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Monster Hunter has always had a unique tradition when expanding their already existing games. It’s Capcom’s distinct flavour: re-release a game, slap an “Ultimate” on the title, and triple the amount of content within it. Needless to say, the announcement of a DLC expansion was quite the surprise deviation from their normal concoction, but so was 2018’s Monster Hunter World. Enter Monster Hunter World: Iceborne, an all-new expansion that aims to add a surprising amount of new features to the New World, alongside a staggering amount of new content.
From the offset, it’s obvious that Capcom has taken the core of World’s mechanics back to the workbench. Slight tweaks and new additions are masterfully soldered onto the main board, nary a hint of flux spilling over the connections.
Tweaks are best observed through weapons: each weapon now has new combo or utility options providing more tactical methods for weakening the titular monsters. The acrobatic Insect Glaive has been blessed with the ability to buff the Kinsect by feeding it a slinger shot. The fast-and-vicious dual blades now have an Evasive Shot combo option which lets them to dodge and shoot at monsters mid-combo. Compared to the game’s original launch, combat now flows more gracefully than ever; while MHW didn’t need drastic improvements, every new change is for the better.
Most importantly, Iceborne sees the addition of the revolutionary Clutch Claw, which is hands down the best tool Monster Hunter has ever introduced. Traditionally, it’s used to grapple onto monsters, steer them like a Nissan, and then slam them into walls with a satisfying crunch. Other techniques hidden beneath the surface provide true mastery: the claw can be used to give allies time to heal by driving Monsters away, to guide Monsters into traps your team have previously set up, or even just to force aforementioned Monsters into an environmental trap. In some cases, you can even interrupt an attack that would otherwise be fatal. At the cost of your entire slinger clip, a good Clutch Claw can turn a fight in your favour in seconds.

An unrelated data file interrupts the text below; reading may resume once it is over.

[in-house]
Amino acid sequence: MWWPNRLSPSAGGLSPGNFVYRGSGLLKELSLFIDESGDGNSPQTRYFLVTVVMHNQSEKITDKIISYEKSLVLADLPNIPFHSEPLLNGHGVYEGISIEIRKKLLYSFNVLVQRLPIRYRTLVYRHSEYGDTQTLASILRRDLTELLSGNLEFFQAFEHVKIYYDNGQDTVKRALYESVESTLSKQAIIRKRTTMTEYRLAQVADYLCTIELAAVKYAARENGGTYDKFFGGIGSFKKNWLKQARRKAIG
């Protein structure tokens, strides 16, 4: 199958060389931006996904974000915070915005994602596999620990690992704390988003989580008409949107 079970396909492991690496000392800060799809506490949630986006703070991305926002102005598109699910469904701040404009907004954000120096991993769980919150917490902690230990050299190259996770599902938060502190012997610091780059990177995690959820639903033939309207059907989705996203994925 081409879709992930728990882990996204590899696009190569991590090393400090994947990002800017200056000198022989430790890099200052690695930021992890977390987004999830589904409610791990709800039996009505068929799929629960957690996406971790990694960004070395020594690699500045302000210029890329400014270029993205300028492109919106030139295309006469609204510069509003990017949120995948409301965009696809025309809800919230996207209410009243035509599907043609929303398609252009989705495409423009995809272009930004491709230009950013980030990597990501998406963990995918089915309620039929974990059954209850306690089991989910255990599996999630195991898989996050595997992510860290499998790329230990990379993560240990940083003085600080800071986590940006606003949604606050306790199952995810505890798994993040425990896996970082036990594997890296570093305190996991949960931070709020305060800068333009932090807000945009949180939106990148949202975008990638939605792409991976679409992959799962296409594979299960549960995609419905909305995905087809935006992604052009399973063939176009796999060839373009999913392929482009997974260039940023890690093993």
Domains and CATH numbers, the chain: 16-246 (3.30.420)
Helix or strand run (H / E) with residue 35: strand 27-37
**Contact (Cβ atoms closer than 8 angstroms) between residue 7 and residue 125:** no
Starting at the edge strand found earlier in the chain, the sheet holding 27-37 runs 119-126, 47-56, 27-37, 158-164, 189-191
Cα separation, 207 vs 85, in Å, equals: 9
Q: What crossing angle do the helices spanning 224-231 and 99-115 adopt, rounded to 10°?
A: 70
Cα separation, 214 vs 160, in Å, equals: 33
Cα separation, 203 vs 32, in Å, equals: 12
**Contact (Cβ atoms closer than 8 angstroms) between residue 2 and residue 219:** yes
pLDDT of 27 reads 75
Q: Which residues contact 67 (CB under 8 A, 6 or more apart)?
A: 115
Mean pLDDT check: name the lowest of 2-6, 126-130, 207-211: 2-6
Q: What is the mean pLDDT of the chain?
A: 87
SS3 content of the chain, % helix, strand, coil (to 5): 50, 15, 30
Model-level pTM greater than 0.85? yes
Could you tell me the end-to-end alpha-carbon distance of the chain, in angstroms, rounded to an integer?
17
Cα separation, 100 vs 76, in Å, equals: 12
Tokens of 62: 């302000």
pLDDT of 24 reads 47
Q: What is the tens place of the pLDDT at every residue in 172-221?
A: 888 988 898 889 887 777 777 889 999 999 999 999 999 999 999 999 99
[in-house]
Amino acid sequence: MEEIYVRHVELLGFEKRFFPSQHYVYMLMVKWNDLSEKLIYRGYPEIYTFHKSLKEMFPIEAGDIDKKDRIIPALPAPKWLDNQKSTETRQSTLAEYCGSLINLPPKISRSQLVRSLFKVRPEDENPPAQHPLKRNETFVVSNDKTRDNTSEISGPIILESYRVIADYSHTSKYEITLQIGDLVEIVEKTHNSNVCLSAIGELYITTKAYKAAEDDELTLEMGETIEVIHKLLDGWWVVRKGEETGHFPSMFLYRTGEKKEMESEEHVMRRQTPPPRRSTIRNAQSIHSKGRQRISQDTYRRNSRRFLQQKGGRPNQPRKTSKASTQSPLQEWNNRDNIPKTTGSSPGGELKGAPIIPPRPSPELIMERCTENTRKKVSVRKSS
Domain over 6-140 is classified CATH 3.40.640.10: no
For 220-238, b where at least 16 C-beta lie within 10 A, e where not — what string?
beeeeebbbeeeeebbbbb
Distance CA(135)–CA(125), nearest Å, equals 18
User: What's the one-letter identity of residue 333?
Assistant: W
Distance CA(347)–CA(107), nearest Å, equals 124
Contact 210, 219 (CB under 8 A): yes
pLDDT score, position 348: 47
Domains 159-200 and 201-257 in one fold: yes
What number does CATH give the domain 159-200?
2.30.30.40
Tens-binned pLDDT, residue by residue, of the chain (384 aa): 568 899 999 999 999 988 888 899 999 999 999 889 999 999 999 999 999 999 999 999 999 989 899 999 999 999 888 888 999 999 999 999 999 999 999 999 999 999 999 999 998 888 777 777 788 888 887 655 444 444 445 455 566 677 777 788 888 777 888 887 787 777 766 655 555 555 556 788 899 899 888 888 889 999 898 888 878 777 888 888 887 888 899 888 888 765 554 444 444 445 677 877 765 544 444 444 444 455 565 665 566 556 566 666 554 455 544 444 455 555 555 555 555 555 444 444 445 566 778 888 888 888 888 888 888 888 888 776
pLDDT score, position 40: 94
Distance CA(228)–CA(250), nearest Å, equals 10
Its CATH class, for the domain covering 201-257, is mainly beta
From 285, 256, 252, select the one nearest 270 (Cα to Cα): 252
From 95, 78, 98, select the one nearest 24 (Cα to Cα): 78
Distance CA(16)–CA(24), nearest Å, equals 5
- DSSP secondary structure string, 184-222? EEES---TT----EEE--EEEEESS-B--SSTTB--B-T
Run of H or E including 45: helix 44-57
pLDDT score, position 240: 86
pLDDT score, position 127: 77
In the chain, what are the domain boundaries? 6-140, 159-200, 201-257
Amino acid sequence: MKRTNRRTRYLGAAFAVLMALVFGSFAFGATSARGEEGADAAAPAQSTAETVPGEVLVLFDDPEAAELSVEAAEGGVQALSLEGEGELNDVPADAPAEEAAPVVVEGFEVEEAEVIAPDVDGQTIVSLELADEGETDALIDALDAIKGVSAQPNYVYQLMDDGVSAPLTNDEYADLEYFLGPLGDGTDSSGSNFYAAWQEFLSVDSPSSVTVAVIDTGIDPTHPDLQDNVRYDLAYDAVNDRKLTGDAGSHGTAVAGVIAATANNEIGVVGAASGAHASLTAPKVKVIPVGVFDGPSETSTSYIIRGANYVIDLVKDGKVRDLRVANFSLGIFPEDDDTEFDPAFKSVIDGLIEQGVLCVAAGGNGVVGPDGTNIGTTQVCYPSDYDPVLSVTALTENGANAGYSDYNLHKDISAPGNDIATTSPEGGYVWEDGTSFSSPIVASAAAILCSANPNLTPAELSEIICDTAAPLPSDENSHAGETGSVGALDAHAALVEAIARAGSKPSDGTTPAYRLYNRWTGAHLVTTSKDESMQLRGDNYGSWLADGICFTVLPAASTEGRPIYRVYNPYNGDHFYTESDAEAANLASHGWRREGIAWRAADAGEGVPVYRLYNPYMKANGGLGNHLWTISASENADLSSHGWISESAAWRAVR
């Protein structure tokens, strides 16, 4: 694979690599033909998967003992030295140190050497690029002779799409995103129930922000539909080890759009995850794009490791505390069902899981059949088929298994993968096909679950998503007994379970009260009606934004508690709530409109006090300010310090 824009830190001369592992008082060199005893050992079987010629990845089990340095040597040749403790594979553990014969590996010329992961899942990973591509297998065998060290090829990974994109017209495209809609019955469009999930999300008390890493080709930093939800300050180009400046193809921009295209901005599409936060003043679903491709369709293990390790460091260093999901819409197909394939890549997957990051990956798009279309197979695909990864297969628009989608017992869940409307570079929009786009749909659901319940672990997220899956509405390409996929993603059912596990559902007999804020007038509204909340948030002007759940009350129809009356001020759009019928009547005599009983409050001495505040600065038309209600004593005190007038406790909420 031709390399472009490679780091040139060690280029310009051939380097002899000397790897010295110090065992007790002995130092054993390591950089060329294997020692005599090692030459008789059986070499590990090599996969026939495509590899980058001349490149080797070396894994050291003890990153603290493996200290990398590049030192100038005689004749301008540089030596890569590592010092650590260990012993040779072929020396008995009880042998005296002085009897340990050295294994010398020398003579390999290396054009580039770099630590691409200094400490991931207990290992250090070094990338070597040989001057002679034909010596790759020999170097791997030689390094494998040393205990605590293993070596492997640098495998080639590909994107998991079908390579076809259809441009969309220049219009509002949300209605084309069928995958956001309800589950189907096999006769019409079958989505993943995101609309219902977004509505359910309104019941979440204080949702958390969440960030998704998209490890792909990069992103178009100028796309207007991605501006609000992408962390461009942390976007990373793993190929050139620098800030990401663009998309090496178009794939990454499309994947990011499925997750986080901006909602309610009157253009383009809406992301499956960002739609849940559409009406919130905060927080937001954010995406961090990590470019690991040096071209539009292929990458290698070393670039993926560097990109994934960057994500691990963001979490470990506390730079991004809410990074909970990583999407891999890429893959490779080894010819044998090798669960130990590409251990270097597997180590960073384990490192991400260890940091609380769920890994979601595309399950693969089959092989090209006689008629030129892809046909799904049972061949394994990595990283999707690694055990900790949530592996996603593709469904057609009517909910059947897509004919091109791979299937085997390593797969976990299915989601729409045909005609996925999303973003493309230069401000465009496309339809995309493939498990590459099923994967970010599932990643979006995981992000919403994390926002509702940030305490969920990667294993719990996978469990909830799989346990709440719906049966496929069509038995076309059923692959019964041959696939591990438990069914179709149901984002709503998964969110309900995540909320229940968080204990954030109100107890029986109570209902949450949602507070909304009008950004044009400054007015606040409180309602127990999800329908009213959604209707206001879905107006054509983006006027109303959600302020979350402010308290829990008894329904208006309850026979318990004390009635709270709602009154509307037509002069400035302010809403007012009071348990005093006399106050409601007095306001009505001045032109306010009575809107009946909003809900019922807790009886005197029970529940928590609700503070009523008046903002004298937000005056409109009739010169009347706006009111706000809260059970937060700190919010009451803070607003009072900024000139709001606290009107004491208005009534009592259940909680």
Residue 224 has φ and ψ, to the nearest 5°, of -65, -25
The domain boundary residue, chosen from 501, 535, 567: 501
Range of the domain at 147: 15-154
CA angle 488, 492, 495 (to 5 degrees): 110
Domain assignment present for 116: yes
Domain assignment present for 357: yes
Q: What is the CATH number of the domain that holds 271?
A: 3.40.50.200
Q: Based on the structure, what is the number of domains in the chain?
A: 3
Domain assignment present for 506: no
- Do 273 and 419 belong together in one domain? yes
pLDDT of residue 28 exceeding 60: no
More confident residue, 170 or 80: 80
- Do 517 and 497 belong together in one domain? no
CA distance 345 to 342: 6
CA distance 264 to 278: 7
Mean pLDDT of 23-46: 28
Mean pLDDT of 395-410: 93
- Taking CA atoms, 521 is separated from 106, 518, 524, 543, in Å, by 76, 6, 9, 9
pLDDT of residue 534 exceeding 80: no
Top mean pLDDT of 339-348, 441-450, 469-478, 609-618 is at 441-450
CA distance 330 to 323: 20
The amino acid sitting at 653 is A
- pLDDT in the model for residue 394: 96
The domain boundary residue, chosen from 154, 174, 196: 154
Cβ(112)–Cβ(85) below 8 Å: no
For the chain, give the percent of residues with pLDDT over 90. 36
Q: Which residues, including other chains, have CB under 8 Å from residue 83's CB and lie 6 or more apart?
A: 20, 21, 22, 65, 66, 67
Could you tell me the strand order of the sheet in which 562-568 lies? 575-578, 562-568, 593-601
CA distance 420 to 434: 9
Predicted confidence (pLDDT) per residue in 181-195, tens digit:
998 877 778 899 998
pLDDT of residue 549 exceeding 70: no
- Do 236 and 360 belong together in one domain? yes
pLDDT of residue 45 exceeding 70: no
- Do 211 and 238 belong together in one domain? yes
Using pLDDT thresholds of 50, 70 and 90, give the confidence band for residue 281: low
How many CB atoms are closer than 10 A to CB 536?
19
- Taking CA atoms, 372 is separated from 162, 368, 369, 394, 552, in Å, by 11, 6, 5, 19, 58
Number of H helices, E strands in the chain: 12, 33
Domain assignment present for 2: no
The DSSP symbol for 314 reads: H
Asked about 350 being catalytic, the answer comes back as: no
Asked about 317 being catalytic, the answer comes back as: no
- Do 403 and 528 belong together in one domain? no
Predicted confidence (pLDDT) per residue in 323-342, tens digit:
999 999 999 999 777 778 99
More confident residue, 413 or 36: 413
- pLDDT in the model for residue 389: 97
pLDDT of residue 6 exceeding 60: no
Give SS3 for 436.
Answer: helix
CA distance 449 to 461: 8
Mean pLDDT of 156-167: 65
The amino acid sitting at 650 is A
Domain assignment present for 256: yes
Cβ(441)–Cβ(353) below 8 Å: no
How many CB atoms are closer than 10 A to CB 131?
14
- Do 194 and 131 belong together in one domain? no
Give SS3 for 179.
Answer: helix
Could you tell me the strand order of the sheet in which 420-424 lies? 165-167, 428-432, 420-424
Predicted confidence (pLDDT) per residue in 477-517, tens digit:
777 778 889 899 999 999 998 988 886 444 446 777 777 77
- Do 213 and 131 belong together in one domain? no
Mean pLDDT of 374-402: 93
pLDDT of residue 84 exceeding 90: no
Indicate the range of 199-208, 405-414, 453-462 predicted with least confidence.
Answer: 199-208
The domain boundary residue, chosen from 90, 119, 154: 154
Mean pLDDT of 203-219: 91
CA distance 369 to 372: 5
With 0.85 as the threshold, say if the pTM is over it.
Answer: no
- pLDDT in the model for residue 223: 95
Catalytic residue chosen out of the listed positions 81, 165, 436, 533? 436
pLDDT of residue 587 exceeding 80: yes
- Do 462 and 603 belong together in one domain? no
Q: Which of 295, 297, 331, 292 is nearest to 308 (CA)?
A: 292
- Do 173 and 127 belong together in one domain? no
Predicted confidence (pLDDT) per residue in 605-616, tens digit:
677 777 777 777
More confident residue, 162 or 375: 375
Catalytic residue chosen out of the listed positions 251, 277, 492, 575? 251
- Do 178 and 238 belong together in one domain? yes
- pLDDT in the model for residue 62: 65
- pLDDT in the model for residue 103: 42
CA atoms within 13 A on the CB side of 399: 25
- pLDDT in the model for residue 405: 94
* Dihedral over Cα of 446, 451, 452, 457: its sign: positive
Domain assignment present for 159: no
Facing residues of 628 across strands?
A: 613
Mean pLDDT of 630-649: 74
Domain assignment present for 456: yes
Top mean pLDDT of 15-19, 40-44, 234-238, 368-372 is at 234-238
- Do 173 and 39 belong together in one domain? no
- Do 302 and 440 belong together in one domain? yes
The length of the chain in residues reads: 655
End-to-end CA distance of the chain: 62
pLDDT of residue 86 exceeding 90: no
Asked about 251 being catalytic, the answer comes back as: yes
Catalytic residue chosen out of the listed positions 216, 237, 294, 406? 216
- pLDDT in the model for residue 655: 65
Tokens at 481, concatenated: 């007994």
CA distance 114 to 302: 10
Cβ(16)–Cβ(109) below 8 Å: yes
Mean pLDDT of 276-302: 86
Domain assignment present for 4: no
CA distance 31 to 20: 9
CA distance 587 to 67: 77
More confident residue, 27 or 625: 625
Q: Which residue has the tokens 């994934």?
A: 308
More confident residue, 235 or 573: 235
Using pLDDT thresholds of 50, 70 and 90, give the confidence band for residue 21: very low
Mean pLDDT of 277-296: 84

On top of various combat improvements, developmental focus has clearly been shifted to tackle a large variety of quality of life improvements. The slinger can now be used with your weapon out which, while useful in tense situations, can be a bit finicky with weapons like the bow or glaive; monster materials are now easier to spot; there are difficulty adjustments for two players and bonus rewards for helping out lower rank players. Capcom has done well to reform World’s unusual quirks.
No quality of life improvement is more obvious than the reinvigorated layouts of Iceborne’s latest Gathering Hub and Seliana. Gone are the days of painstakingly navigating the many chains of Astera like an urban Tarzan. Both the new town and hub have everything you need pre-hunt in a concise area, making it easy to navigate from armoury to cook. The additional boon of no loading screens between preparing for and partaking in your glorious cooperative Uragaan slaughter is also a huge plus.